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The Signal Flame: A Novel Summary & Study Guide

Andrew Krivak
This Study Guide consists of approximately 37 pages of chapter summaries, quotes, character analysis, themes, and more - everything you need to sharpen your knowledge of The Signal Flame.
This section contains 628 words
(approx. 2 pages at 400 words per page)
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The Signal Flame: A Novel Summary & Study Guide Description

The Signal Flame: A Novel Summary & Study Guide includes comprehensive information and analysis to help you understand the book. This study guide contains the following sections:

This detailed literature summary also contains Quotes and a Free Quiz on The Signal Flame: A Novel by Andrew Krivak.

This study guide refers to the following edition: Krivak, Andrew. The Signal Flame. Scribner. 2016.

The Signal Flame, a novel by Andrew Krivak, focuses on family and loss. The story begins with a short vignette that places the novel's setting as just after the death of Jozef Vinich, the family patriarch. The vignette tells how Jozef immigrated from Austria-Hungary to America after World War I. Eventually, he made his own way to Dardan, Pennsylvania. As a self-made man. Jozef was well-loved and well-respected in the community. His wife, Helen, preceded Jozef in death. Jozef was especially loved and revered by his widowed daughter (Hannah) and his grandsons (Bo and Sam).

Now, with the death of Jozef and with Sam missing in action during the Vietnam War, Hannah and Bo must rely on one another to get through each day. Bo provides what comfort he can to his younger brother’s fiancée, Ruth, and he urges his mother to look beyond the loss of the past.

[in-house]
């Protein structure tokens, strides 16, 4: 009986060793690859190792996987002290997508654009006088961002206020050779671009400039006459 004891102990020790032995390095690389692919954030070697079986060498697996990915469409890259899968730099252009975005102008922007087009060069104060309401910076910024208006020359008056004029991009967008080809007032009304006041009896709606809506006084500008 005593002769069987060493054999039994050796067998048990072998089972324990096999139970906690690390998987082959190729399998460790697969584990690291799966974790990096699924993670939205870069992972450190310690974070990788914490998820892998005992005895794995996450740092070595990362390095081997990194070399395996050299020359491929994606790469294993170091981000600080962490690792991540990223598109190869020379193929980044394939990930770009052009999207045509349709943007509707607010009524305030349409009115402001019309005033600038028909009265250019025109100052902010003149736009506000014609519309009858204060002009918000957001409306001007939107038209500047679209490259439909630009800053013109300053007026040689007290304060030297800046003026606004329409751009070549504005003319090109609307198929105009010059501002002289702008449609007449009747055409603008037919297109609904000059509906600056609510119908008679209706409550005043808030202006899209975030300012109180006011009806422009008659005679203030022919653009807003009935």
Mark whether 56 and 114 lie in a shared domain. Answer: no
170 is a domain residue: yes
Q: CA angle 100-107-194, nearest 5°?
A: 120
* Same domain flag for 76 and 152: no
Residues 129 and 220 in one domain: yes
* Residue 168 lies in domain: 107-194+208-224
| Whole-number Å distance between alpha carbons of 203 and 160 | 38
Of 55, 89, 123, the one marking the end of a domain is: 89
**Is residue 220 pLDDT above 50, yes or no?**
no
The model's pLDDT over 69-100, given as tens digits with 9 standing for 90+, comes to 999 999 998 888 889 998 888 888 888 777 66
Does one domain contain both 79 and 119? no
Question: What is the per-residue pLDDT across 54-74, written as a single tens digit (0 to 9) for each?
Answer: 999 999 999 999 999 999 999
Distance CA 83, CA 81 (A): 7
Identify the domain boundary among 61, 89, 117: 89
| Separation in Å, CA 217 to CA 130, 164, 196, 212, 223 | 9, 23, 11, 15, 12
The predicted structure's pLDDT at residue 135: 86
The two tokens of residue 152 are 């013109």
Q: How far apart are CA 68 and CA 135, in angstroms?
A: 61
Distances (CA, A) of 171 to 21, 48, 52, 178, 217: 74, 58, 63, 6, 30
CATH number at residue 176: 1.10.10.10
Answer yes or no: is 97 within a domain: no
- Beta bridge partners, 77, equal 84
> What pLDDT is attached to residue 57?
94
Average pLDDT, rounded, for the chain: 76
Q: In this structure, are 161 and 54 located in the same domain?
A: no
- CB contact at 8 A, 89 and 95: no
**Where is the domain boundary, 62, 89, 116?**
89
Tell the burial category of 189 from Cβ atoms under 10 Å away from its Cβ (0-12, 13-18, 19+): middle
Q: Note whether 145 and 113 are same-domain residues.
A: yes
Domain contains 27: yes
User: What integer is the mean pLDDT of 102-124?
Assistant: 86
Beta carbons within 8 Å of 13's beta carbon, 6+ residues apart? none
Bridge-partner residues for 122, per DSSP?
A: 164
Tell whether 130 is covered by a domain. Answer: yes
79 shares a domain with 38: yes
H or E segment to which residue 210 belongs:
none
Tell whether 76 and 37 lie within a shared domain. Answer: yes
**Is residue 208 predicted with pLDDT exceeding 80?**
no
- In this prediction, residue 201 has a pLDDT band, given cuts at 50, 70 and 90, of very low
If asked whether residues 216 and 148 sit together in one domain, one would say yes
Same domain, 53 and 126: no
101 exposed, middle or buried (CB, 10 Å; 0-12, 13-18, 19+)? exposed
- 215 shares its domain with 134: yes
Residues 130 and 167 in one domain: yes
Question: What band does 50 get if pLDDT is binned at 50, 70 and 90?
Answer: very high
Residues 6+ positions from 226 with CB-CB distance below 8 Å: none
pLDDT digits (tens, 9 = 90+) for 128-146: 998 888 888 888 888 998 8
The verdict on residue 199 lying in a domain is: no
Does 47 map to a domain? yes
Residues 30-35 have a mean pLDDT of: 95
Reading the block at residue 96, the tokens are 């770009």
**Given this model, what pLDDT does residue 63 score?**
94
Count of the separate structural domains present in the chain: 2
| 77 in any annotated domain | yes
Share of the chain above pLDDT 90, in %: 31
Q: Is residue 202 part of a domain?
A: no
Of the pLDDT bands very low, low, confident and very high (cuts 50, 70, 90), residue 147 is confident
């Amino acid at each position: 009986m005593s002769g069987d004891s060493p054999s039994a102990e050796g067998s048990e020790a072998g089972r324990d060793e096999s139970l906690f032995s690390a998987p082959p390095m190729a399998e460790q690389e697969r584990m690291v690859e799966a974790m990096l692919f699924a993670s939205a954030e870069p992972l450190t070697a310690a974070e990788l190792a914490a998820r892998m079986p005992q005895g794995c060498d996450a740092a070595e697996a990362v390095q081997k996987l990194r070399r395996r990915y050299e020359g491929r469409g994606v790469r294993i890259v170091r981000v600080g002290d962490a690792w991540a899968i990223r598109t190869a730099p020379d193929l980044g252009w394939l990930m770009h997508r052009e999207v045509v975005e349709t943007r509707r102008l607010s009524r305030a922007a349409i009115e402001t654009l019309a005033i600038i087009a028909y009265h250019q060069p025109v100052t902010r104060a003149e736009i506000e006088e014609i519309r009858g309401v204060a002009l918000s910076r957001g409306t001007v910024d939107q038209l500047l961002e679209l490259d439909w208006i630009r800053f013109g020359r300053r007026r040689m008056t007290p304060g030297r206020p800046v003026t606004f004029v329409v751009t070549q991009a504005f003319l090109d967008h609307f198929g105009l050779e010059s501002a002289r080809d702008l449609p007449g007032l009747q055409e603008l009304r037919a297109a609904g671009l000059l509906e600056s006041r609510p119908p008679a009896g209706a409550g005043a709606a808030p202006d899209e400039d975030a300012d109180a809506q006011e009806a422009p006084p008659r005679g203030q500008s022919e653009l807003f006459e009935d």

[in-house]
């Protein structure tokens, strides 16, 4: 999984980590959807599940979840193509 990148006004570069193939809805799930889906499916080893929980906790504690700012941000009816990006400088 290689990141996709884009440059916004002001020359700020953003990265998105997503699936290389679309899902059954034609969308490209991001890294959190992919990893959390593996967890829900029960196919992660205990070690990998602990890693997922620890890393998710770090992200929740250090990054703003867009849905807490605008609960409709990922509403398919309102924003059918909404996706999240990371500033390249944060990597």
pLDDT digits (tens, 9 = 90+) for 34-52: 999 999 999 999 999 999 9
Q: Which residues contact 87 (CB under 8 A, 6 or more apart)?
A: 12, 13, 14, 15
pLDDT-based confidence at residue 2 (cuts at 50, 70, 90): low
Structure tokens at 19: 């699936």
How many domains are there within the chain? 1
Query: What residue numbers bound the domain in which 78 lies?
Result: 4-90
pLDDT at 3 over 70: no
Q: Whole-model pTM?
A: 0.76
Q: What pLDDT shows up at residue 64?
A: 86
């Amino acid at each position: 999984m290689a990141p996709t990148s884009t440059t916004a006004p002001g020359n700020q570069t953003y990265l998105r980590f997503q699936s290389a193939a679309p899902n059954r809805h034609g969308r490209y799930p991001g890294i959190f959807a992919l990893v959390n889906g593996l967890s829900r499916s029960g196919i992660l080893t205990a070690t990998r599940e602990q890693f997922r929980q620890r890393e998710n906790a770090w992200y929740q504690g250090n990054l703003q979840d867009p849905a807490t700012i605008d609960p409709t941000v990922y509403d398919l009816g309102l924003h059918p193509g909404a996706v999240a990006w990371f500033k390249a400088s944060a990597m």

In the past, Hannah’s husband (Bexhet) was killed in a hunting accident by Ruth’s father, Paul. Twenty years later, Paul is haunted by the accident. However, he still feels hatred toward Jozef for what Paul considers to be the theft of Younger family land. Though Hannah knows the death was an accident, she cannot let go of the past and harbors anger for Paul. Complicating matters is the fact that Ruth is pregnant with Sam’s baby.

Bo and Father Rovnavaha, the town's priest, mediate an end to the bad feelings. Meanwhile, Bo continues to work at the lumber mill which he now owns, having purchased it from his grandfather some years before Jozef's death. Bo knows the Younger land he now owns through Jozef’s will was not stolen. It was purchased fair and square from Walter, Paul’s father. Walter had sold it to support his addiction to alcohol and to gambling. Jozef had allowed Walter to remain in his home on the land until Walter’s death.

During a bad rainstorm that brings flooding to the valley, Ruth goes into labor. When Bo hears the call for an ambulance on the radio, he knows Ruth is in labor. He drives out after them when he learns they could not wait for medical help. He discovers their car has gone off the road and into a rapidly-flooding ravine. Bo rushes in and discovers Ruth has already given birth. However, the baby girl is dead. Ruth’s father and aunt are also dead, but Bo is able to save Ruth.

Hannah and Bo decide that they will have Ruth live with them, as family is family. They all hold out hope that Sam will come home soon. Finally, Ruth realizes there never was any family feud. Slowly, Bo fixes up the old Younger house with the intent to move in one day. As the months pass, he and Ruth grow closer. Together, they take a trip to West Virginia to see Sam’s old commanding officer, Burne Grayson, who first reported Sam missing. Burne recommends putting up a grave marker for Sam. This is a sobering dose of reality for Bo and Ruth.

As time passes, Bo and Ruth realize they are attracted to one another. They take things slow with the blessings of both Hannah and Father Rovnavaha. Hannah is faithful, and she considers it all a part of God’s mysterious ways. Eventually, Ruth moves into the old Younger house with Bo. A future marriage and family seem all but certain. As the novel ends, Bo and Ruth are sitting out on their porch together when they see Sam appear on the hill before them. Ruth cannot go to meet Sam, but Bo does.

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